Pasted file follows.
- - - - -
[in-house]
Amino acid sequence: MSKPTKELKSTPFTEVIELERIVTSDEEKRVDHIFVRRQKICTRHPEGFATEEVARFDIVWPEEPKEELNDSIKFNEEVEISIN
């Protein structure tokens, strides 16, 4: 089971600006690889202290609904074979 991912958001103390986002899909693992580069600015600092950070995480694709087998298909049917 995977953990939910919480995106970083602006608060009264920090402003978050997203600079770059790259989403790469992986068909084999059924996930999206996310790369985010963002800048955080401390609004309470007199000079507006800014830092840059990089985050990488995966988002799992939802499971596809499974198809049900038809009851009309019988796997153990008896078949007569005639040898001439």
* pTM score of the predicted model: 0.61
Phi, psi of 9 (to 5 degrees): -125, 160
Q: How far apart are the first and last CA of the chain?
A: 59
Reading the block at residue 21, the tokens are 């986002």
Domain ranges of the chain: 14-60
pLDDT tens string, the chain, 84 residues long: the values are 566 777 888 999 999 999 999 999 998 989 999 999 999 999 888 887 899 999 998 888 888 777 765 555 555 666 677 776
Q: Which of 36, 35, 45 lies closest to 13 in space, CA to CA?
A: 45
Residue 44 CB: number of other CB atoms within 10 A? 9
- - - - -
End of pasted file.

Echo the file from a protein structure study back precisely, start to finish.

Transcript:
[in-house]
Amino acid sequence: MSKPTKELKSTPFTEVIELERIVTSDEEKRVDHIFVRRQKICTRHPEGFATEEVARFDIVWPEEPKEELNDSIKFNEEVEISIN
């Protein structure tokens, strides 16, 4: 089971600006690889202290609904074979 991912958001103390986002899909693992580069600015600092950070995480694709087998298909049917 995977953990939910919480995106970083602006608060009264920090402003978050997203600079770059790259989403790469992986068909084999059924996930999206996310790369985010963002800048955080401390609004309470007199000079507006800014830092840059990089985050990488995966988002799992939802499971596809499974198809049900038809009851009309019988796997153990008896078949007569005639040898001439």
* pTM score of the predicted model: 0.61
Phi, psi of 9 (to 5 degrees): -125, 160
Q: How far apart are the first and last CA of the chain?
A: 59
Reading the block at residue 21, the tokens are 């986002």
Domain ranges of the chain: 14-60
pLDDT tens string, the chain, 84 residues long: the values are 566 777 888 999 999 999 999 999 998 989 999 999 999 999 888 887 899 999 998 888 888 777 765 555 555 666 677 776
Q: Which of 36, 35, 45 lies closest to 13 in space, CA to CA?
A: 45
Residue 44 CB: number of other CB atoms within 10 A? 9